You or somebody will need to figure out what is connected to what and how the batteries are connected to each other and/or the engines. With that data, there are lots of people on this forum who can give you very sound advice as to how to use and charge your batteries.

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Old 10-10-2017, 07:11 PM   #15
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Would I be incorrect in also pointing out that the wiring to the voltmeter could be part of the 'problem?' Depending on where it is in the circuit and the size and quality of wiring, some items coming on and off line could be causing voltage drop seen at the meter?

Just another example of the unknowns here.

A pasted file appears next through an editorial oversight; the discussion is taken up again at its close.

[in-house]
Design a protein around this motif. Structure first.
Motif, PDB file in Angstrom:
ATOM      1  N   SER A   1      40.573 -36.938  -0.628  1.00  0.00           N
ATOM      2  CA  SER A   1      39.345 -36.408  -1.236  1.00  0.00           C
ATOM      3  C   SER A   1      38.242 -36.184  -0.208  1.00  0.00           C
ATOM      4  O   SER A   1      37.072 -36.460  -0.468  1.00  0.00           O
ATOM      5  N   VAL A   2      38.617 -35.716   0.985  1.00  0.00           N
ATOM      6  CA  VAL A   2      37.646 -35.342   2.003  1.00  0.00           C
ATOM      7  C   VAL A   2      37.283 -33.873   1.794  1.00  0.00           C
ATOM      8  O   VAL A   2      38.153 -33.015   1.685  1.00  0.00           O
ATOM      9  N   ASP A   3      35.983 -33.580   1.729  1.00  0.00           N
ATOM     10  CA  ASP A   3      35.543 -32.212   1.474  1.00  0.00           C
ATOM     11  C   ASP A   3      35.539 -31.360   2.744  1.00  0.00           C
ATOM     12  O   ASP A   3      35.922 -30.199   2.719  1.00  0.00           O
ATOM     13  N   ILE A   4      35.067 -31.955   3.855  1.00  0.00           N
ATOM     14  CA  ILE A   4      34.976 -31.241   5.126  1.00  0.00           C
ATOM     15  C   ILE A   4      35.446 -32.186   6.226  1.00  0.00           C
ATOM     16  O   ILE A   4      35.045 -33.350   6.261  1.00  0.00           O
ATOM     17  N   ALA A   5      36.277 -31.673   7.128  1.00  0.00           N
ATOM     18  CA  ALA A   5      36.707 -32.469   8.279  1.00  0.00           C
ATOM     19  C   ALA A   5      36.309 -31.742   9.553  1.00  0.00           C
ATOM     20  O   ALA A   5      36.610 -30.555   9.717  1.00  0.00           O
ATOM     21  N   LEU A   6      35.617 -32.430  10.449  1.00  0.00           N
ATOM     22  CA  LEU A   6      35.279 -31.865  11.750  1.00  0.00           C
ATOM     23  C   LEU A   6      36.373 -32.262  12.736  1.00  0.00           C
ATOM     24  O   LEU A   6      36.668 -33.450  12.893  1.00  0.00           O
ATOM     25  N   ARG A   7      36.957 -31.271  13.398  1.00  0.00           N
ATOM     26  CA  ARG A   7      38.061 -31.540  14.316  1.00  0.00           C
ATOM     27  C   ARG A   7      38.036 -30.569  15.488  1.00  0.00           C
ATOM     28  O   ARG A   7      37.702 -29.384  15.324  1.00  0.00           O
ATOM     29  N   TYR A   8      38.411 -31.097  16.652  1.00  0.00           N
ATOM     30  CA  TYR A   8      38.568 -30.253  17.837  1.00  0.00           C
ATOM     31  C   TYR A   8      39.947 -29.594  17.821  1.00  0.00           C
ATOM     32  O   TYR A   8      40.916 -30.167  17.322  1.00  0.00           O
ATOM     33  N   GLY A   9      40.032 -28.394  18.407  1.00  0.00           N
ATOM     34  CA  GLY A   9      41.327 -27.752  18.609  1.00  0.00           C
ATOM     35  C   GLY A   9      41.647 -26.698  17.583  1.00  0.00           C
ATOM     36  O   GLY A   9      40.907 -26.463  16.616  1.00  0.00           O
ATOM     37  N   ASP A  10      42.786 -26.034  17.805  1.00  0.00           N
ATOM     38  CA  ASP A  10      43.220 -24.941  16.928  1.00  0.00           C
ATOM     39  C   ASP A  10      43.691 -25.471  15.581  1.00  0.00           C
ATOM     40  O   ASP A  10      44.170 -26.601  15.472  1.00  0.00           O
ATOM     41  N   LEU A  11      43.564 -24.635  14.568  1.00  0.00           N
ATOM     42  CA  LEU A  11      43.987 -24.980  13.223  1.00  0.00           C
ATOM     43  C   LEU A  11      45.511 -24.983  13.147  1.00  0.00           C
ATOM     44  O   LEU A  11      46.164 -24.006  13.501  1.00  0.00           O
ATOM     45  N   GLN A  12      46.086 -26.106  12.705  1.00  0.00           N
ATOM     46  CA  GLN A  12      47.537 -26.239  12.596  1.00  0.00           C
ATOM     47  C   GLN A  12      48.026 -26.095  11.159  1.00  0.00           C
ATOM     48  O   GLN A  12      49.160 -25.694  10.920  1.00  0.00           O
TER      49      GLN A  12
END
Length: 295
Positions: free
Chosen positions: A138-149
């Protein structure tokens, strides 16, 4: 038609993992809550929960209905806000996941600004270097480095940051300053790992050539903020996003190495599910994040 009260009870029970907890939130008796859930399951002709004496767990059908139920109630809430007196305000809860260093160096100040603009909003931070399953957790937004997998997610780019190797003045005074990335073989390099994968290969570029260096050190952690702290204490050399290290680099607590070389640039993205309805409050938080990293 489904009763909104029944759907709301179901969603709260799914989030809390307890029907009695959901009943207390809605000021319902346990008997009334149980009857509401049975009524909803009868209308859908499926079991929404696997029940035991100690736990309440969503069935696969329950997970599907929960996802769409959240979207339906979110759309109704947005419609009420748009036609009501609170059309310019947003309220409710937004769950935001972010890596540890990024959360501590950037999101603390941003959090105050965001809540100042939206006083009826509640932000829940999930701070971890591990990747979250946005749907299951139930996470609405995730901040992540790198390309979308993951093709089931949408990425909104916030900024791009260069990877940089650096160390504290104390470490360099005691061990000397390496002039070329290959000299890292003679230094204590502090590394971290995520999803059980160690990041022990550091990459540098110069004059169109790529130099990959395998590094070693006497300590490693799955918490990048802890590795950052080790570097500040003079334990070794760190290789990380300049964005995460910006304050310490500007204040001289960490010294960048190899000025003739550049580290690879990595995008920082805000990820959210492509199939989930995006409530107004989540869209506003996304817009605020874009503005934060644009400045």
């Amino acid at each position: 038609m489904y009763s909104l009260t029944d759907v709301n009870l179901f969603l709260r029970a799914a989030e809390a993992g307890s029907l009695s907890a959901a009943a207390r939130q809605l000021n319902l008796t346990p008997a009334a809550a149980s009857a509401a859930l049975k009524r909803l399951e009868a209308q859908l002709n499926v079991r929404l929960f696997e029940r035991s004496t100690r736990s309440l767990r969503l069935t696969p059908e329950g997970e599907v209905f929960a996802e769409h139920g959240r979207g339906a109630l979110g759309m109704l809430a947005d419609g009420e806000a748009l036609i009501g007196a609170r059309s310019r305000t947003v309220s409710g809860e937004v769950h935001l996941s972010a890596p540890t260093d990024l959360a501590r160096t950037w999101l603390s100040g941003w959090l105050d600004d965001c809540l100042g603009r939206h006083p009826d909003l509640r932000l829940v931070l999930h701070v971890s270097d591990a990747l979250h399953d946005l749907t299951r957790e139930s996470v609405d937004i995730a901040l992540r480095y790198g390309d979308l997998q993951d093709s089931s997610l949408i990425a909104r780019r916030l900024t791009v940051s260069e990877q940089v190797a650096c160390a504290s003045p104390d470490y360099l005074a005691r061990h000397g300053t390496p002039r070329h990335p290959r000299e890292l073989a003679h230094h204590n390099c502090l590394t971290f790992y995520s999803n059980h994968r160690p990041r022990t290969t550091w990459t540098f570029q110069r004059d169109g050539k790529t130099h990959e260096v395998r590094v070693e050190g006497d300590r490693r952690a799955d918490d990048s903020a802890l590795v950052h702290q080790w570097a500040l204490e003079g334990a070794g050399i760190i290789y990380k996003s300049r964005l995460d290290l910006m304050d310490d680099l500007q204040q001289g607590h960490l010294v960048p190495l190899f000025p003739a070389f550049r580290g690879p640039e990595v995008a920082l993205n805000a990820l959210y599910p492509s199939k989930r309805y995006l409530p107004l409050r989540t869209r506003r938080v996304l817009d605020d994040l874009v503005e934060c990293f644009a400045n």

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Old 10-10-2017, 07:32 PM   #16
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Would I be incorrect in also pointing out that the wiring to the voltmeter could be part of the 'problem?' Depending on where it is in the circuit and the size and quality of wiring, some items coming on and off line could be causing voltage drop seen at the meter?

Just another example of the unknowns here.
It could be exactly that, for example if a very heavy load came on, like somebody using a microwave through an inverter, it might actually be normal to see a temporary voltage drop. But again, not enough data yet.
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Old 10-10-2017, 07:33 PM   #17
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Would I be incorrect in also pointing out that the wiring to the voltmeter could be part of the 'problem?'

Possible but doubtful. There is minuscule current flow through the voltmeter wiring itself.